Imagine yourself in the 1920s and let me recreate Dietrich's message.
Have people been praying for centuries for God to feed the hungry? It's an age of steel plows and tractors and threshing machines. Every year we get more grain for less work. There's plenty of food, and there's going to be even more in the future. Just figure out how to distribute the Earth's bounty, and humans, not God, will feed the hungry.
Have people been praying for God to heal the sick? It's an age of vaccines and nutrition and sanitation. Every year, science learns more about the human body and the diseases that afflict it. Turn that knowledge loose, apply it everywhere, devote ourselves to learning more, and humans, not God, will heal the sick.
Have people been praying to God for justice and peace? Injustice and war don't come from angels or demons; they come from people, and it's up to people to end them. Every year we learn more about social, political, and economic systems. What if we harnessed that knowledge to the insight that we are one human family sharing one beautiful, bountiful planet and all hoping to thrive in the same ways? What if all the resources wasted on weapons could be applied to things that actually make life better? What if people could express their heroism by devoting their lives to justice rather than sacrificing them to war?
He preached: "Burn that one truth -- that it can be done -- into the mind of the race, and the work will begin."
And that work -- at least as Dietrich told the story -- was the most meaningful, most interesting, most satisfying thing you could be doing with your life.
His Humanism had come not to snatch something away from you, but to give you something so valuable that you would drop the useless baggage you'd been dragging around. Dietrich recognized that there is no need to denounce people's unbelievable hopes -- they, better than anyone else, know just how hard it is to keep believing in those hopes. Just give them believable hopes, and the fantastic ones will fall away on their own. Why would you base your hopes on an unseen world, on an undiscovered country from which no traveler returns, if you could base them instead on things that you see happening all around you?
6. The Disillusioning 20th Century
It would be nice if I could just tell Humanists to start preaching Dietrich's sermons again, but I can't. The rest of the 20th century was hard on Dietrich-style optimism. There was the Great Depression and then the most destructive war in history. That war ended with the atom bomb, which put down once and for all the idea that progress and science are entirely beneficent forces. After the war we discovered just how bad the death camps were, and that made people wonder whether folks like John Dietrich had underestimated the depths of evil in the human soul.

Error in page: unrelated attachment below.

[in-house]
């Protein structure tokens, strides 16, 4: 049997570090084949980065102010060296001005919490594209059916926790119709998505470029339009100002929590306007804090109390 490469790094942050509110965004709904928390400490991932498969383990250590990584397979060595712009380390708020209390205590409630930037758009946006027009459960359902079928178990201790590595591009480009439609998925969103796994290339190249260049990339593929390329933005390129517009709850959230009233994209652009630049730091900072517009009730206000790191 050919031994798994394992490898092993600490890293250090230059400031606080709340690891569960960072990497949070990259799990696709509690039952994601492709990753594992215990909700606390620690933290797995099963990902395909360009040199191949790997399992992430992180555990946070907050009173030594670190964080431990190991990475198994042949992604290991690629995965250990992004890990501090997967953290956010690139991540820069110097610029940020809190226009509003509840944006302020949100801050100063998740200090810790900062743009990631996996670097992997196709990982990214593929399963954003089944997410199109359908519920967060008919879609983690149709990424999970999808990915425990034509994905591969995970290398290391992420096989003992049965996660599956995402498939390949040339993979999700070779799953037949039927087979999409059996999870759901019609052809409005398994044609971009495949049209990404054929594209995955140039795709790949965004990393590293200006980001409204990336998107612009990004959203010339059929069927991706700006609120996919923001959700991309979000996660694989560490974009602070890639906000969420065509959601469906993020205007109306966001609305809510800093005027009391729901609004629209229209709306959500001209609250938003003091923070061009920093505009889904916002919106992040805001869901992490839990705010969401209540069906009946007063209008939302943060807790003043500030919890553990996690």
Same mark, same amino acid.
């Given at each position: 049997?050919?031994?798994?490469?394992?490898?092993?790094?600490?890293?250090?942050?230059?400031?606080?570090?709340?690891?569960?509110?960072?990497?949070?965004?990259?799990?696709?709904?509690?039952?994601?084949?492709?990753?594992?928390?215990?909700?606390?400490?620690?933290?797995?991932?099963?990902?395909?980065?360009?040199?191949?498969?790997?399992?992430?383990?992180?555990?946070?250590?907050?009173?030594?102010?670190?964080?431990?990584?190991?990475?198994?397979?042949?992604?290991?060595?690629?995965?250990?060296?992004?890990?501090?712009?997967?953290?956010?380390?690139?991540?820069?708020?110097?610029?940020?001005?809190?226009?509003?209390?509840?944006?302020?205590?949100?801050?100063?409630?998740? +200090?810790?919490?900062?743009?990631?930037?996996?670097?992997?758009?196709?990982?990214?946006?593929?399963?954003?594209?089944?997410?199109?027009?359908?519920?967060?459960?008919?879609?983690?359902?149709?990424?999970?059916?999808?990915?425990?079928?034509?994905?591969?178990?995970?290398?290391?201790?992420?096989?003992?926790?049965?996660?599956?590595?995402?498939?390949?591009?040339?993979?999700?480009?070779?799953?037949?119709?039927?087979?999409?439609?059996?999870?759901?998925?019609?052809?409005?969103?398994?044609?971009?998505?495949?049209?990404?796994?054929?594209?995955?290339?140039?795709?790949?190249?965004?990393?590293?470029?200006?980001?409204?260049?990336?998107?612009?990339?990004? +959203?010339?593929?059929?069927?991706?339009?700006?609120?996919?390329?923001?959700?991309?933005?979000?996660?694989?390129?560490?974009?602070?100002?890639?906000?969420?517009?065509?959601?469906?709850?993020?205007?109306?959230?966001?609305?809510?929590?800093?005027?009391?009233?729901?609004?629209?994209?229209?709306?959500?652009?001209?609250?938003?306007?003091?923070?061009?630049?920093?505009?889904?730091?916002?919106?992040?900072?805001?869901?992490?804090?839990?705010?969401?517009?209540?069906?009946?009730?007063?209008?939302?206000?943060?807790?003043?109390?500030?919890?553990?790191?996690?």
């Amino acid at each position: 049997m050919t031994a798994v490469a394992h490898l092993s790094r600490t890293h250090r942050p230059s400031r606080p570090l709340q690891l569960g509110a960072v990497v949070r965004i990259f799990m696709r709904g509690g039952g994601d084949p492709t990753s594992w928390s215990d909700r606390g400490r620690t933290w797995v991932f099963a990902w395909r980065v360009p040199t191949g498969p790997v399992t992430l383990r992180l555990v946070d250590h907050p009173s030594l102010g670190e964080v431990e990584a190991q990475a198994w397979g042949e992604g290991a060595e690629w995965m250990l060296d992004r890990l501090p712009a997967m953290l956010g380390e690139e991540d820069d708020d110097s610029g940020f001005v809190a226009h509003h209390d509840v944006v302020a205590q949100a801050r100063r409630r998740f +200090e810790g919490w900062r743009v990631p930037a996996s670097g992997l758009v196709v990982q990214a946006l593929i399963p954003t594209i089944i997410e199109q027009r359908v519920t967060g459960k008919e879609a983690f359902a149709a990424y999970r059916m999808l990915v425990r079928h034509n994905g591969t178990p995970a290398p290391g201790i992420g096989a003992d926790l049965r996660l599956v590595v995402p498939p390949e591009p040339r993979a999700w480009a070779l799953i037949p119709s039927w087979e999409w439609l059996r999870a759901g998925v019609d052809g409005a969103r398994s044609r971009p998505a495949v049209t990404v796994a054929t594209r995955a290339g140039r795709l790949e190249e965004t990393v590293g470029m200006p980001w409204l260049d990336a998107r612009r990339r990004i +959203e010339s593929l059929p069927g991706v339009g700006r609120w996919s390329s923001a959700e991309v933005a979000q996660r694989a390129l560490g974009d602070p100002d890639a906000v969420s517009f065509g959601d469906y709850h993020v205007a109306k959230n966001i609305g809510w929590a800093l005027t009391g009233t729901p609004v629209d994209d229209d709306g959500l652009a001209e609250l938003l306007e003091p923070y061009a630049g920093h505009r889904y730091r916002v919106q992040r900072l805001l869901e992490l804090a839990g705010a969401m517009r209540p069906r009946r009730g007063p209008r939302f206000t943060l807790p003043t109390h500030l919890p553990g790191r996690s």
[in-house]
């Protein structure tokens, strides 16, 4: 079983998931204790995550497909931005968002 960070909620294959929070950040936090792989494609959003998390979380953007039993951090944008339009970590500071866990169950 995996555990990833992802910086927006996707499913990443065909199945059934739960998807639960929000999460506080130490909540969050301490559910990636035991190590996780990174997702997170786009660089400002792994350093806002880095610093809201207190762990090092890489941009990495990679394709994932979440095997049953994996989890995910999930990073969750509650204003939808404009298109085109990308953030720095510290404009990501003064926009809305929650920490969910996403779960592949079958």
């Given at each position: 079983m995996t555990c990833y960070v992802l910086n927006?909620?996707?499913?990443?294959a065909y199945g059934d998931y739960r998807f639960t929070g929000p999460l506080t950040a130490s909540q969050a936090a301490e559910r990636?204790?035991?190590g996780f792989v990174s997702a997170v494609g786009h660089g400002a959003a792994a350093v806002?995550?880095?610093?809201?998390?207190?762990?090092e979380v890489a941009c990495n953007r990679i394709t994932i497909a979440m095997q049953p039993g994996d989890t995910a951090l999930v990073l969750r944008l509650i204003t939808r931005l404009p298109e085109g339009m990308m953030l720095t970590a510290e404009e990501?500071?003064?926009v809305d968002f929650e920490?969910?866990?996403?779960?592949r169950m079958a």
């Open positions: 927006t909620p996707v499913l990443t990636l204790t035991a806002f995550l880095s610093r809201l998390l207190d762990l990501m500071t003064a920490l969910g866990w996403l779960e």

Worst of all, a lot of Dietrich's ideas about science and reason and social progress -- as well as his point about the uselessness of traditional religion -- were echoed in the rhetoric of the Soviet Union. In many ways that connection is unfair, because Dietrich's highest principle -- that each person is an end in himself, and that no one should be treated just as a means to someone else's ends -- was exactly what Communism needed and didn't have.
But in another way the connection is fair. Communism made the world skeptical of utopian plans. We all know now that people who diagram the perfect society on a blank sheet of paper can do horrific things, things that a person bound by tradition would never imagine. Even Ivan the Terrible was not so terrible compared to Stalin.
And that's why today the people with the most radical plans to transform society disguise themselves as restorationists. The Tea Party claims to be restoring the vision of the Founding Fathers. Bin Laden wants to restore the Caliphate. Christian Dominionists want to prepare the way for the return of Jesus.
In short, we 21st-century people have lost our faith in the limitless potential of blank sheets of paper.
In addition, I think Dietrich underestimated the ability of the Powers That Be to co-opt new insights into people and social structures. It is just as easy -- and in the short run more profitable -- to make better propaganda than better education. Social insights that might produce better human beings and a more just society might also produce better sheep and a more controllable society.